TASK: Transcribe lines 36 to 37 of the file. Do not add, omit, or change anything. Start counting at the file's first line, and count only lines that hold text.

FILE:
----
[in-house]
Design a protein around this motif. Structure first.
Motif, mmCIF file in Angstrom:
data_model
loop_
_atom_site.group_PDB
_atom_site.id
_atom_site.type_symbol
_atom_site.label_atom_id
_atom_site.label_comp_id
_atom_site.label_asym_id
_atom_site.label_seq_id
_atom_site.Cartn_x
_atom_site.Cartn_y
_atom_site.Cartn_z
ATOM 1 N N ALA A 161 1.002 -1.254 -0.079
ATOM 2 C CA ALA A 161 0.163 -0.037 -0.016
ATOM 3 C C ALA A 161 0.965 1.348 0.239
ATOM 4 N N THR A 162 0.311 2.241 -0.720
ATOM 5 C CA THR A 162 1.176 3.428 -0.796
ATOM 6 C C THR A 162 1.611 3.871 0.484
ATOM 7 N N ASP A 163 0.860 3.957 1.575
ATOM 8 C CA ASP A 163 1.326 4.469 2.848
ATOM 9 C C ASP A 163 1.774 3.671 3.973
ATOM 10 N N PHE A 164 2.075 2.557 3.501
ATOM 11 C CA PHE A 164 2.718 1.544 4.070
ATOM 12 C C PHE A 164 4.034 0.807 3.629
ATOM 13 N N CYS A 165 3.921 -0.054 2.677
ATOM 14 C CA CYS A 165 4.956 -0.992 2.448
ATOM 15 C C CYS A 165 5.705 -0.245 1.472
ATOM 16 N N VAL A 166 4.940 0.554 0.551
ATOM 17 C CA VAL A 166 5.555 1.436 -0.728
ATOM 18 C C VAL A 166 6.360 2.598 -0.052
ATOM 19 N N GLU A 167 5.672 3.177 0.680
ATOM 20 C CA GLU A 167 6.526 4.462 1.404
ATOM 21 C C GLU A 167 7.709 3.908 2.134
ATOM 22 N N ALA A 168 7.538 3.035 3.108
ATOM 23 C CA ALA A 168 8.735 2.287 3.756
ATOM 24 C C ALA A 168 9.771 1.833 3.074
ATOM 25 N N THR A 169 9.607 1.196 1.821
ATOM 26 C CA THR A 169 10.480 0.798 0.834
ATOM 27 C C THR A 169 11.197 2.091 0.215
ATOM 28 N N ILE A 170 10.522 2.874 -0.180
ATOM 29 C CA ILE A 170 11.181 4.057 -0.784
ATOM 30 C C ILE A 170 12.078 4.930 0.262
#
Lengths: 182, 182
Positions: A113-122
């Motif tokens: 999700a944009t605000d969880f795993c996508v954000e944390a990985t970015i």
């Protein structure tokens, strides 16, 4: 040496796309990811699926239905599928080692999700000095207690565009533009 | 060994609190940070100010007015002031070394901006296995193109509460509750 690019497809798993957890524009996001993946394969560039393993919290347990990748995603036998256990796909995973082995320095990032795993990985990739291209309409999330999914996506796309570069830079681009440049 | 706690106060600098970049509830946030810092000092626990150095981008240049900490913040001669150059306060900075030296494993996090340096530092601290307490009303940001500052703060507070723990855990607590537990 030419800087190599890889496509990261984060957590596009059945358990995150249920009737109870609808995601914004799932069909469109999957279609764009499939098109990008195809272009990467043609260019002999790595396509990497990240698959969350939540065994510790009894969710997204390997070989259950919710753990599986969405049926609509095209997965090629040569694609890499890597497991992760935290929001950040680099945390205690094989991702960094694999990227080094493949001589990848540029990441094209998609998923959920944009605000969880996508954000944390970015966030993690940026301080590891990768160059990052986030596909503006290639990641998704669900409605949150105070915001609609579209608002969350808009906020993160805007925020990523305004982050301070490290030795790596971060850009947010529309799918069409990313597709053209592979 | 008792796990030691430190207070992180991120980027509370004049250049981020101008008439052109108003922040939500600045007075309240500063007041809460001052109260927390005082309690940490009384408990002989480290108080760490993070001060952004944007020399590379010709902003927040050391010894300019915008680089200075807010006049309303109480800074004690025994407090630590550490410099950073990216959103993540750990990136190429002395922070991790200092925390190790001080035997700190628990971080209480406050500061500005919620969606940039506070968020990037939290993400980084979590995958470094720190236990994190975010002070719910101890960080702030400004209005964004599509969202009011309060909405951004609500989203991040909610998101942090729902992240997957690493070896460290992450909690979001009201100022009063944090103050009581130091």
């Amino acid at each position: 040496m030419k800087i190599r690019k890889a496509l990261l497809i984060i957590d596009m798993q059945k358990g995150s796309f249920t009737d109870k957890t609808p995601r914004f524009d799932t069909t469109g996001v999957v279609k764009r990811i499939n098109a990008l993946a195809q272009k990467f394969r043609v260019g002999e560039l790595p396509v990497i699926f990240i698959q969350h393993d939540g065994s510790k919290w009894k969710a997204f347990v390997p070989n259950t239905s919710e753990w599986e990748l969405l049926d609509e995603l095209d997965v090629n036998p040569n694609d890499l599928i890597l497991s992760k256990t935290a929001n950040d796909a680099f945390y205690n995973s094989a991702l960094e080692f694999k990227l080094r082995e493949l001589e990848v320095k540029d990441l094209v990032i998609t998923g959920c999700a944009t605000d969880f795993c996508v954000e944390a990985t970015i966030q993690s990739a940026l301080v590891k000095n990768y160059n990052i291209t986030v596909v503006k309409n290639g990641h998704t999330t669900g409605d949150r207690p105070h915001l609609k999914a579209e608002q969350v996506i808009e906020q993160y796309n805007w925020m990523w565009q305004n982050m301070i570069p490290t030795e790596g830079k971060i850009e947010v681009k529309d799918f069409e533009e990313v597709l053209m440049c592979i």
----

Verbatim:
ATOM 21 C C GLU A 167 7.709 3.908 2.134
ATOM 22 N N ALA A 168 7.538 3.035 3.108